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The Message
Evansville, Indiana
June 7, 1996     The Message
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June 7, 1996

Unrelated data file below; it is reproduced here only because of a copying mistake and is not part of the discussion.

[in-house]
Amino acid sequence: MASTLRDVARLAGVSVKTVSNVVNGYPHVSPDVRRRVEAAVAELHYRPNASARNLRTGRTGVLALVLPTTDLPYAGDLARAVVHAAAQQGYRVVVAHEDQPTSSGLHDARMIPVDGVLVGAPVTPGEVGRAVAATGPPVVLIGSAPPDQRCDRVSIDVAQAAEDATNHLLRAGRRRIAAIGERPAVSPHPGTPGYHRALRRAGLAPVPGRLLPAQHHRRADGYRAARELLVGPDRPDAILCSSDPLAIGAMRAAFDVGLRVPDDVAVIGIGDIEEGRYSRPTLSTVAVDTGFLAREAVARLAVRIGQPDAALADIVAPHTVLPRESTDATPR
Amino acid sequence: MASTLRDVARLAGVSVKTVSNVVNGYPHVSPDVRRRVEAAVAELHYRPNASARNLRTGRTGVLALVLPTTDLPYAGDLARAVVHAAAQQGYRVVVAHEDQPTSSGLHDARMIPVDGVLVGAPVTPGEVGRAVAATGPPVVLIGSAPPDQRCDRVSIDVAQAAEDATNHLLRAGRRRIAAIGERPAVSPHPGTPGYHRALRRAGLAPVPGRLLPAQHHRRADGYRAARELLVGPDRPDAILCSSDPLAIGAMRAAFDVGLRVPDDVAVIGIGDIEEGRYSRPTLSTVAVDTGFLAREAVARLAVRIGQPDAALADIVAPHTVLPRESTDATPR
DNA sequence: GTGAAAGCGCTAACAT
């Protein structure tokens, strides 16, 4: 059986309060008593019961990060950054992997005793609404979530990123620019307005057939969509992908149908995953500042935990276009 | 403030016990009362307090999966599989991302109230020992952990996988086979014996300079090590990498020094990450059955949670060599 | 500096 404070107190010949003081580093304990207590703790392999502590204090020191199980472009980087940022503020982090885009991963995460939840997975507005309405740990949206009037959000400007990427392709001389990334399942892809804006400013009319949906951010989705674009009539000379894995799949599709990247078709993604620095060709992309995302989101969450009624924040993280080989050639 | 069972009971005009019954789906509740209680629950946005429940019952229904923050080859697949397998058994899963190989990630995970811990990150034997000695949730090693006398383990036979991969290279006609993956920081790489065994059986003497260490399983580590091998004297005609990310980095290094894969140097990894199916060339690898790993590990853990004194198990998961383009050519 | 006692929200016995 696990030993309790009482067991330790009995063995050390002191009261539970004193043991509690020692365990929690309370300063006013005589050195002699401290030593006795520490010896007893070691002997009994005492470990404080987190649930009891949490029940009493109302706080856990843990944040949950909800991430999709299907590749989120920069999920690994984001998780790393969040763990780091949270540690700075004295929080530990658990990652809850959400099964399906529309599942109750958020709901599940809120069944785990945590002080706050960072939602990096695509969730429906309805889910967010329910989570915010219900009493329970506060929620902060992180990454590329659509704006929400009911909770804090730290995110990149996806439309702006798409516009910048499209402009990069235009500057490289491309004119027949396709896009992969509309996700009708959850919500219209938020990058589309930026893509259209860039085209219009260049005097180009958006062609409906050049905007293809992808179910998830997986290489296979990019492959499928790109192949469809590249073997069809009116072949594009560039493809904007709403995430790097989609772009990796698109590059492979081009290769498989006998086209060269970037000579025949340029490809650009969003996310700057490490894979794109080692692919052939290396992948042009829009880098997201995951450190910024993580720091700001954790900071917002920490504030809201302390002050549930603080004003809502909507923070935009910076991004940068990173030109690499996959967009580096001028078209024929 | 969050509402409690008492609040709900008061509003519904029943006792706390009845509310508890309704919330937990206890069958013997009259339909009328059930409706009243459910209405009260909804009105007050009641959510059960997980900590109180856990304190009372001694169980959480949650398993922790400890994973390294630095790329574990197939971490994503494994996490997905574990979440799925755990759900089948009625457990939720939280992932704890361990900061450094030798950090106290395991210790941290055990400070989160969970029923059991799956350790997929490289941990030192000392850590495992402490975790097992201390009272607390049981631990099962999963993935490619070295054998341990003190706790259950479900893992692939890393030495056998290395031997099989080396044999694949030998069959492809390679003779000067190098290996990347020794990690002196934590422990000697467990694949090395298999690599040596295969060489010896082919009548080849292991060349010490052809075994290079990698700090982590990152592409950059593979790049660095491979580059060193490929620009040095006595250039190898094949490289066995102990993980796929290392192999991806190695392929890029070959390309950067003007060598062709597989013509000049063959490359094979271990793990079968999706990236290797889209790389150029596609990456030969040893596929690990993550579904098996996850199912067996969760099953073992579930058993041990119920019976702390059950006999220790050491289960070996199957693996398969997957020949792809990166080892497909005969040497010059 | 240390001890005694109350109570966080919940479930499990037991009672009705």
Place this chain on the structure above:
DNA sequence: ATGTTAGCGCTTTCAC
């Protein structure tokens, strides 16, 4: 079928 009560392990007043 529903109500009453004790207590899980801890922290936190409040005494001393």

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The Message -- for Catholics of Southwestern Indiana "' 3 ther Robert Green easage staff writer Maryknoll Father Green closes his eyes, talk about his life's sees a place in world that few Americans about. He lived in during the Japanese in- in 1937, and he just barely -- the eover in 1949. adult years as a Maryknoll were far removed childhood, spent in )r his early adult years Seminary. .Was a young seminarian, 'iocese of Indi- at St. Meinrad, when up his courage ph E. Rit- permission to leave and the Maryknoll semi- the good Lord was to the missions, be- about China all Would ve lost d but one to hang to get ssed ent. es j. Kamuf I missionary from Jasper remembers years in China After training with the Mary- knoll Fathers, he and his class- mates were given their assign- ments. "We were all in the refectory waiting. There were two big missions in China. Names were called, and I was beginning to wonder if I would be assigned to stay back and work in the seminary." The last name called was his; he was as- signed to the newly-formed Maryknoll mission in South China. "Boy, was I happy! I got my wish." He left immediately for Asia. His first job was to learn the South Mandarin dialect. "I had to learn the language because I had to preach the Gospel." He studied six hours a day with a private tutor. "It was aw- fully hard. The language is tonal and there are four main tones. I spent weeks learning the tones. The tones become a part of you. Finally, you would get the rhythm, and then they would give you the words." His first assignment was to an area on the side of a mountain called Everlasting Happiness. "I was assigned to work with an- other priest, but he soon became ill. I was 50 miles from any- where, so I really had to learn the language. I had to eat, and nobody there spoke English." His entry into the Chinese community was his medical bag. "We received quite a bit of meal- ical training and there were no foreign-trained doctors there. We were able to do a lot of good by setting up medical clinics. "The people, at first, didn't trust you. But there were only herb doctors there. Over and over, the herb doctor would tell their patients, You are going to die,' and someone in the family "1 always wanted to be a lawyer... Brescia College gave me that opportunity, while providing direction for a life." Compare Our CI Rate.,, can provide you with a high-quality education. re Small and taught by outstanding faculty. Brescia offers and 17 minors in its bachelor's degree programs. .=ritage can help you develop as a well-educated and ready for the challenges of the 21 st century. 717 Frederica Owensboro, KY 42301 would suggest taking the sick person tothe foreign doctor. We were able to cure that person, es- pecially many children. "The family would then invite us to their home for a meal. The next step would be to ask the family to invite the neighbors into their homes. I would show movies and tell why I came there. "Some wanted to know more, and after several months, I would baptize them." Father Green began his work in China just as the war with Japan was building up. He ar- rived in Shanghai as the Japanese were making their first attack on that city's harbor. Later, while he was working in a walled city, Japanese forces in- vaded. He and two others left by the south gate as the Japanese entered the town's north gate. "They were blowing up the air- port, but the American consul had a plane and we were taken to western China." After a brief visit home to Indiana, he was re- assigned to a place called Mu- tual Peace. It wasn't an appropriate title for what was to come. After the end of World War II, the communists invaded the area. At first, "we mutually ex- isted. Then, they put me under house arrest. I spent a year in solitary confinement, and two- and-a-half years in prison." He was confined to the rectory, then the church building was used as a prison. Many prisoners were kept in stocks, and Father Green watched from his window as over 70 people were executed. "They put me in the sacristy, with just enough room to lie down." While he spent a lot of time "hoping and praying," there were also many days "with no hope," especially the day he was put in front of a six-man firing squad. "They wanted me to con- fess that I wasn't a priest and ] couldn't do that." He spent his days under guard, without even a rosary or his belt. He found some broken matchsticks and used them to count out his daily rosary. "They wouldn't let me kneel, but I had 10 matchsticks. I would say the Hail Mary and move one match- stick. "There were guards above me watching and they would ask what I was doing. I would say, 'I'm thinking." The one enduring thought that sustained him throughout his FDIC insured to $100,000 6.0000 2-year Minimum 6.00% lmercst deposit rate $5,000 "Annual Percentage yield (AP -- Intecest cannot rema on debesoeciod payout of itece is requir Ea 'h- drawal may not be permKI, Names ot creat ssuets are avaifaJ on request. Effecve ,13R6, THOMAS A. RUDER 3000 E. Morgan Ave, 473-0225 EdwardJone00 i i FATHER ROBERT GREEN imprisonment was the thought of the Blessed Sacrament that he had hidden in the rectory. "It was in an iron box, covered with tiles, and I would pray to our Blessed Mother, 'Dear Lady, if those guards find your son it would be terrible. All I pray for is one minute in my room.'" He watched as those around him were brainwashed, and he saw many prisoners go insane. "I had to think of fire fighting fire. Those men were trained to break you, but I worried about the Blessed Sacrament." During Holy Week, a trial was held to determine his crime. There were bright lights focused on him day and night, "all the time," he remembers. Then, on Easter Sunday, he learned that he was to be executed. Suddenly, he received the news that Chairman Mao Zedon "had given me a worse sentence. I was to be expelled from their great country." The next morning, he asked the five soldiers who were guard- ing him ifhe could briefly return to the rectory. "I fold them I wanted my stole." While they were there, the guards began looking at a crucifix hanging on the wall. One guard explained that "in America, this is what they worship." That brief distraction was all Father Green needed. He quickly .11 i i i ii i i opened the hidden box and con- sumed the Host. "They thought I had taken poison and they beat me, but I didn't care anymore. That was all I wanted." He was taken by bus to a larger city, and placed on display in a bamboo cage, before board- ing a train for Hong Kong. "Then, I was out, I was free." He says that saving the Blessed Sacrament became the all-consuming passion during his imprisonment: "It was the big thing with me. ] would have lost my mind but I had one thing to hang onto, to get the Blessed Sacrament7 He says he has forgiven his tormentors, because "it wasn't the people, it was the system." He traveled back into China a few years ago. His forged papers listed him as a retired professor. "We brought in bags of medicine and candy for the children. I was scared to death, but there were no problems." Today, Father Green does de- velopment work for the Mary- knoll Fathers. He is currently visiting Holy Family Church in Jasper. Father Robert Green will cele- brate his 85th birthday on June 12. Birthday cards may be mailed to him at Holy Family Church, 950 E. Church Avenue, Jasper IN 47546.3797. i DRE/Pastoral Ministry Position Sacred Heart Church, Vincennes, IN Sacred Heart Church, a 580 family parish in historic Vincennes, IN is seeking a full-time person for ministry. Responsibilities include being Director of Religious Education for pre-school through high school, sacramental programs, Christian Initiation of Adults and Children, and Pastoral Ministry. A degree in Religious Studies and Ministry (and experience) is preferred. Please send rsums to: Sacred Heart Church 2004 N. Second St. Vincennes, IN 47591 812882-8382 ii I ii m . i I I iii _